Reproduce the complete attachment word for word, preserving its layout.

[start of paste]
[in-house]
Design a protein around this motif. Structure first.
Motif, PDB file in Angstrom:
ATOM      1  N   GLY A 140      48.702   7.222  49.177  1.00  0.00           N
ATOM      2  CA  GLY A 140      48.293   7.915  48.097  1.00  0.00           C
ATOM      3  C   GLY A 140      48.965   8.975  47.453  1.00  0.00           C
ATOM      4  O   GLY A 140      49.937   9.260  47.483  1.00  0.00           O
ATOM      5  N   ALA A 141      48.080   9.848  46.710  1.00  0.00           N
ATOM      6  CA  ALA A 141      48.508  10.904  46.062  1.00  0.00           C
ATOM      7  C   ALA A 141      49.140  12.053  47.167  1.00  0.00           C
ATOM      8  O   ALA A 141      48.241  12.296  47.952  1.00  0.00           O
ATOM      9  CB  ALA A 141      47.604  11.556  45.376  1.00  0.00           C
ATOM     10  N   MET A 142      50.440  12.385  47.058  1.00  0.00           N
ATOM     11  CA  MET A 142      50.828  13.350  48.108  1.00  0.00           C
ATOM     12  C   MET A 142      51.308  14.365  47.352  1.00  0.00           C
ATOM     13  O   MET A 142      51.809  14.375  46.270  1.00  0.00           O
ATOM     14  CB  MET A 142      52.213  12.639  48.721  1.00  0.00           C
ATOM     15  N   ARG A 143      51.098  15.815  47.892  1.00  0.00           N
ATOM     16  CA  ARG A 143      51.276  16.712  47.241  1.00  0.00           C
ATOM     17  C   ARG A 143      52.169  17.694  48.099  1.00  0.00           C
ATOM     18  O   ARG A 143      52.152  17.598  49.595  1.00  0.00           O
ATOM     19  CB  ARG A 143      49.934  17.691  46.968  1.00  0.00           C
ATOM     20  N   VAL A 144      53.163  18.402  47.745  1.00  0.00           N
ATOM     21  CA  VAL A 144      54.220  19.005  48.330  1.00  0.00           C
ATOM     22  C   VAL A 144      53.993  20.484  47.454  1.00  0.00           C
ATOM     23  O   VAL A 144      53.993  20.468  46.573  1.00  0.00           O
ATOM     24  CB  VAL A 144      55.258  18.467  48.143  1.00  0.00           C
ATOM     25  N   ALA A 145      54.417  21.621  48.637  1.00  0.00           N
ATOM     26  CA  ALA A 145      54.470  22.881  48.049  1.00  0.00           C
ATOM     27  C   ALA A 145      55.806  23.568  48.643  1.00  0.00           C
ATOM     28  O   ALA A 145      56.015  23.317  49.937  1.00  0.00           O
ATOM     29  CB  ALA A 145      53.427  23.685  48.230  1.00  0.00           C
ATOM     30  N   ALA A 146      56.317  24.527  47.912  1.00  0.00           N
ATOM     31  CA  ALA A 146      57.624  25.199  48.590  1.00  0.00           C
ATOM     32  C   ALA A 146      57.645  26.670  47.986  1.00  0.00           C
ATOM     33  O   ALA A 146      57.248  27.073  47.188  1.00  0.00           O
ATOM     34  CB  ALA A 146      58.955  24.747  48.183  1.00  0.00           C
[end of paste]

[in-house]
Design a protein around this motif. Structure first.
Motif, PDB file in Angstrom:
ATOM      1  N   GLY A 140      48.702   7.222  49.177  1.00  0.00           N
ATOM      2  CA  GLY A 140      48.293   7.915  48.097  1.00  0.00           C
ATOM      3  C   GLY A 140      48.965   8.975  47.453  1.00  0.00           C
ATOM      4  O   GLY A 140      49.937   9.260  47.483  1.00  0.00           O
ATOM      5  N   ALA A 141      48.080   9.848  46.710  1.00  0.00           N
ATOM      6  CA  ALA A 141      48.508  10.904  46.062  1.00  0.00           C
ATOM      7  C   ALA A 141      49.140  12.053  47.167  1.00  0.00           C
ATOM      8  O   ALA A 141      48.241  12.296  47.952  1.00  0.00           O
ATOM      9  CB  ALA A 141      47.604  11.556  45.376  1.00  0.00           C
ATOM     10  N   MET A 142      50.440  12.385  47.058  1.00  0.00           N
ATOM     11  CA  MET A 142      50.828  13.350  48.108  1.00  0.00           C
ATOM     12  C   MET A 142      51.308  14.365  47.352  1.00  0.00           C
ATOM     13  O   MET A 142      51.809  14.375  46.270  1.00  0.00           O
ATOM     14  CB  MET A 142      52.213  12.639  48.721  1.00  0.00           C
ATOM     15  N   ARG A 143      51.098  15.815  47.892  1.00  0.00           N
ATOM     16  CA  ARG A 143      51.276  16.712  47.241  1.00  0.00           C
ATOM     17  C   ARG A 143      52.169  17.694  48.099  1.00  0.00           C
ATOM     18  O   ARG A 143      52.152  17.598  49.595  1.00  0.00           O
ATOM     19  CB  ARG A 143      49.934  17.691  46.968  1.00  0.00           C
ATOM     20  N   VAL A 144      53.163  18.402  47.745  1.00  0.00           N
ATOM     21  CA  VAL A 144      54.220  19.005  48.330  1.00  0.00           C
ATOM     22  C   VAL A 144      53.993  20.484  47.454  1.00  0.00           C
ATOM     23  O   VAL A 144      53.993  20.468  46.573  1.00  0.00           O
ATOM     24  CB  VAL A 144      55.258  18.467  48.143  1.00  0.00           C
ATOM     25  N   ALA A 145      54.417  21.621  48.637  1.00  0.00           N
ATOM     26  CA  ALA A 145      54.470  22.881  48.049  1.00  0.00           C
ATOM     27  C   ALA A 145      55.806  23.568  48.643  1.00  0.00           C
ATOM     28  O   ALA A 145      56.015  23.317  49.937  1.00  0.00           O
ATOM     29  CB  ALA A 145      53.427  23.685  48.230  1.00  0.00           C
ATOM     30  N   ALA A 146      56.317  24.527  47.912  1.00  0.00           N
ATOM     31  CA  ALA A 146      57.624  25.199  48.590  1.00  0.00           C
ATOM     32  C   ALA A 146      57.645  26.670  47.986  1.00  0.00           C
ATOM     33  O   ALA A 146      57.248  27.073  47.188  1.00  0.00           O
ATOM     34  CB  ALA A 146      58.955  24.747  48.183  1.00  0.00           C